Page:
Let’s play a game. Imagine you have a large puzzle that makes an Impressionist picture of a colorful cottage-style garden. You can put it together as long as you have the picture on the box. First you assemble the lower left corner, all lavender and yellow flowers. Another section of red roses sits somewhere in the middle. Near the upper right corner is a section of white and gray paving stones, and you also put together an area of green herbs although you are not sure where it goes yet. This puzzle will take a lot of time to solve, but with the finished image on the box you know that you’ll put it together eventually.
Now imagine the box is gone. All you have is a white/gray blob, and lavender/yellow section, the red rose section and another green blob. The rest of the pieces are all mixed up together, and while you can separate out some edge pieces and consolidate others by color, without the box you cannot even be certain what the final picture should look like. It’s frustrating, isn’t it, to have all those pieces on the table and not see how it fits together or even know for certain that you have all the pieces. That’s the feeling I got reading the American Family Physician’s article on Chronic Fatigue Syndrome: Diagnosis and Treatment. I dissected the AAFP patient information sheet on CFS in a recent post, but now I think it’s important to examine this review article by the same authors. The article attempts to present a finished picture of CFS for family practitioners, but so many pieces are missing that the paper bears little resemblance to the CFS I live with.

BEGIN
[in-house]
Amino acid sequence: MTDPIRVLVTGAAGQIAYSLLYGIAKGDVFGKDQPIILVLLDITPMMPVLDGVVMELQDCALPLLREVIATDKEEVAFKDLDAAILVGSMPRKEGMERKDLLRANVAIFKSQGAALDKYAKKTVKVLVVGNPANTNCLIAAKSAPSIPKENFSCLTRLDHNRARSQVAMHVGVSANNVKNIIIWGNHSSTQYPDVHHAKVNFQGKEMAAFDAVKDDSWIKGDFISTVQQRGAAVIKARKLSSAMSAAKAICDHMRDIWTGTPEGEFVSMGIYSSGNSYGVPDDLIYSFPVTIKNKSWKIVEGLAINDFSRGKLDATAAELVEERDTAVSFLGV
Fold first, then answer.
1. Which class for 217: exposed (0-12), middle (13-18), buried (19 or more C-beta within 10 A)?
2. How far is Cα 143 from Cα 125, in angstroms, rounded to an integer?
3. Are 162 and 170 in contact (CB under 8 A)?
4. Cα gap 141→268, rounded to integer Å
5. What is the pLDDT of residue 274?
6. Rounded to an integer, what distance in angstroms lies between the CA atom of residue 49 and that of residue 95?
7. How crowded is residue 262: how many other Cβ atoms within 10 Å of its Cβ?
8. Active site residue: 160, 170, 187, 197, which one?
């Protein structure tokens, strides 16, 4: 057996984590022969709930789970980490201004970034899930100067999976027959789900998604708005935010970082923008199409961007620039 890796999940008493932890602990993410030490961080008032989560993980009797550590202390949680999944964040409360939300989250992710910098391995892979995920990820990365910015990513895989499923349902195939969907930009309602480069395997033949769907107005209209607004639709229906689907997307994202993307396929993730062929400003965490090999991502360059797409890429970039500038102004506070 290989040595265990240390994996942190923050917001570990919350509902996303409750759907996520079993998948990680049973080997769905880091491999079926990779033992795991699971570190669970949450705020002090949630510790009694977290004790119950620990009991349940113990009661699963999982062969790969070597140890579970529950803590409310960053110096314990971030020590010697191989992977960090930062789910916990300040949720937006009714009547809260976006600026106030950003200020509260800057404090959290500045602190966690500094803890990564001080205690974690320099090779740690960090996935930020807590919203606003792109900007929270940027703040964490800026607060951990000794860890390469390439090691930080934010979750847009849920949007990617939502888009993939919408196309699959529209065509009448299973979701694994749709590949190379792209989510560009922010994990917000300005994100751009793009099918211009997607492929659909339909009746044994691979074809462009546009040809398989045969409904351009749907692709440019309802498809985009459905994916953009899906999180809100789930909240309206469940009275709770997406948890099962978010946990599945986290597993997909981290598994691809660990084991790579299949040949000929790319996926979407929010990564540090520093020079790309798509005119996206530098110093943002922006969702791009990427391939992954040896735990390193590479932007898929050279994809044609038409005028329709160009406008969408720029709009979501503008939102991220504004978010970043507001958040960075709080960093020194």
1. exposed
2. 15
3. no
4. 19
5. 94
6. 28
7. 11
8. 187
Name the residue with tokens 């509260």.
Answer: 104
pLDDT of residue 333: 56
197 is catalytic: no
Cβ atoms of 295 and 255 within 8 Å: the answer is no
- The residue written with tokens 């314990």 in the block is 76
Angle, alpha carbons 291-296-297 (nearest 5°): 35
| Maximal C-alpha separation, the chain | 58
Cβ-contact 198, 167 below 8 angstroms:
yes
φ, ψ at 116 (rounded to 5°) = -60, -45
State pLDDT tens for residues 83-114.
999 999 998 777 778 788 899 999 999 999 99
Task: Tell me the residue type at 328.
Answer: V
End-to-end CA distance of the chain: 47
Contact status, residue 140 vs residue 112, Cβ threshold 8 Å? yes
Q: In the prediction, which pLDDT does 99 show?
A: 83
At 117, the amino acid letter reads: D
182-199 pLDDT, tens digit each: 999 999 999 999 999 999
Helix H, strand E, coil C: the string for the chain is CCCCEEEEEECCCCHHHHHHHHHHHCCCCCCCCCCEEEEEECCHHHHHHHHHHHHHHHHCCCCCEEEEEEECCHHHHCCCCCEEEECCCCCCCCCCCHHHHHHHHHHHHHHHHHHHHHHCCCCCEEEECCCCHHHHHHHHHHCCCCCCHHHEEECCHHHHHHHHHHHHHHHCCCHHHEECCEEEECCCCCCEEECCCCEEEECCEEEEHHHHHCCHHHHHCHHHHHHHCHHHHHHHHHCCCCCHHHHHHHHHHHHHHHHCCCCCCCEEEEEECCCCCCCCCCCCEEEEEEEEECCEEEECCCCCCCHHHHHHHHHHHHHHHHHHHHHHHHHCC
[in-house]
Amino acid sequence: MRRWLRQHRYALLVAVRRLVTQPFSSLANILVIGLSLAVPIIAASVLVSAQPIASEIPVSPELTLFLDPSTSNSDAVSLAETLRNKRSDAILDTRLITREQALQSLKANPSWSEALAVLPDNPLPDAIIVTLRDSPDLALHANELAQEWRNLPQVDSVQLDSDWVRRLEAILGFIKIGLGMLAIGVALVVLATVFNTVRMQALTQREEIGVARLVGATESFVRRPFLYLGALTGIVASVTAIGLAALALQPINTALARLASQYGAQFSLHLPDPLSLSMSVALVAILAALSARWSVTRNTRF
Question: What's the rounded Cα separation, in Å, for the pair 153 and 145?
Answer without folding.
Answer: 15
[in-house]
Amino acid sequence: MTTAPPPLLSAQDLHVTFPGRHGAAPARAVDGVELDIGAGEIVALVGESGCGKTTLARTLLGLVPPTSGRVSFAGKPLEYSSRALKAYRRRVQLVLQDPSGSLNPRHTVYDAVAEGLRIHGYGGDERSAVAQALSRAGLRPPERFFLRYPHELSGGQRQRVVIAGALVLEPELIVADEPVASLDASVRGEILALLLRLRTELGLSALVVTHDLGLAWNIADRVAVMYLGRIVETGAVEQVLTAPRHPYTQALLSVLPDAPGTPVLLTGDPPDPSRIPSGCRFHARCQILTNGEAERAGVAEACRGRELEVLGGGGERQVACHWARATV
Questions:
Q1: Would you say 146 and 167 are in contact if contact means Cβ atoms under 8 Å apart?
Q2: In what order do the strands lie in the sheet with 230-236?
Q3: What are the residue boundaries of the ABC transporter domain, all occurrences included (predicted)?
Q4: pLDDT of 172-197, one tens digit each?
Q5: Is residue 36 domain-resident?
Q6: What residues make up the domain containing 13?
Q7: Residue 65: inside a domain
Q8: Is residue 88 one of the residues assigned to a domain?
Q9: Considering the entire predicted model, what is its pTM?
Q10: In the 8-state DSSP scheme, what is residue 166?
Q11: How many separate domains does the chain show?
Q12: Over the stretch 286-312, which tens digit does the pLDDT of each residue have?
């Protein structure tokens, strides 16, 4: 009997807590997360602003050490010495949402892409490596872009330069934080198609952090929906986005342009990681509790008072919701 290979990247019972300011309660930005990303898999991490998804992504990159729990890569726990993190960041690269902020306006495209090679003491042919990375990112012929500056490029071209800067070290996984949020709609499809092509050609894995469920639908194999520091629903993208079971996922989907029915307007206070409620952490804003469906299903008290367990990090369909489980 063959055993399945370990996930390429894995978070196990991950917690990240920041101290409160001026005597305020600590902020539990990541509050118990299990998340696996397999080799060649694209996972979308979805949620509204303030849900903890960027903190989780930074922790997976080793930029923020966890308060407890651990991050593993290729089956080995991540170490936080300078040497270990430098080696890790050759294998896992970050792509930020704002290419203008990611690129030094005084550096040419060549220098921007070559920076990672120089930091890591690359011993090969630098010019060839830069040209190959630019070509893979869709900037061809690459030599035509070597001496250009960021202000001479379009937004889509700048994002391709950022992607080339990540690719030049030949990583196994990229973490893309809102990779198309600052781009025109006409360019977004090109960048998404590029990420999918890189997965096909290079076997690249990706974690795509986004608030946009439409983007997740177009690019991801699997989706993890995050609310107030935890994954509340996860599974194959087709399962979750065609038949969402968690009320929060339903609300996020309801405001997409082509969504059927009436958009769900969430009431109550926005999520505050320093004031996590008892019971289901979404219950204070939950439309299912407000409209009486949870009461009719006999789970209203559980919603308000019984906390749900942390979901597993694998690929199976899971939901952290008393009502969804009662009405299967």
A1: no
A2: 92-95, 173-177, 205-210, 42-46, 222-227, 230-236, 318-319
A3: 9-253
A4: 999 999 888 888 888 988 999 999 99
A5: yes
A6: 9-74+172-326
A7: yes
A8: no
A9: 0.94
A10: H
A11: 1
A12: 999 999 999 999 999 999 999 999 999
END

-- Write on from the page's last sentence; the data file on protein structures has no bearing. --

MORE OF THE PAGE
“Chronic Fatigue Syndrome: Diagnosis and Treatment” by Dr. Joseph Yancey and Dr. Sarah Thomas gives an overview of CFS for family physicians. They review the Oxford and Fukuda criteria, the basic lab workup recommended by CDC, and a list of exclusionary conditions. In a section on etiology of CFS, the authors quickly cover the immune system, genetics, psychosocial, adrenal system, and sleep/nutrition. Finally, the treatment section focuses on cognitive behavioral therapy (they say it works), graded exercise therapy (this works too), nonpharmacological (nothing really helps) and pharmacological treatments (these don’t work either).
In the authors’ defense, there are significant space limitations in the American Family Practitioner journal: 1,500 to 1,800 words in the case of clinical review articles like this one. There is no way to include all the information about CFS that family doctors need in such a limited space. It also appears that neither Yancey nor Thomas are CFS experts, based on the very limited information I could find online. I emailed Dr. Yancey, the corresponding author for the paper, on October 24th with a few questions but to date I have not received a response.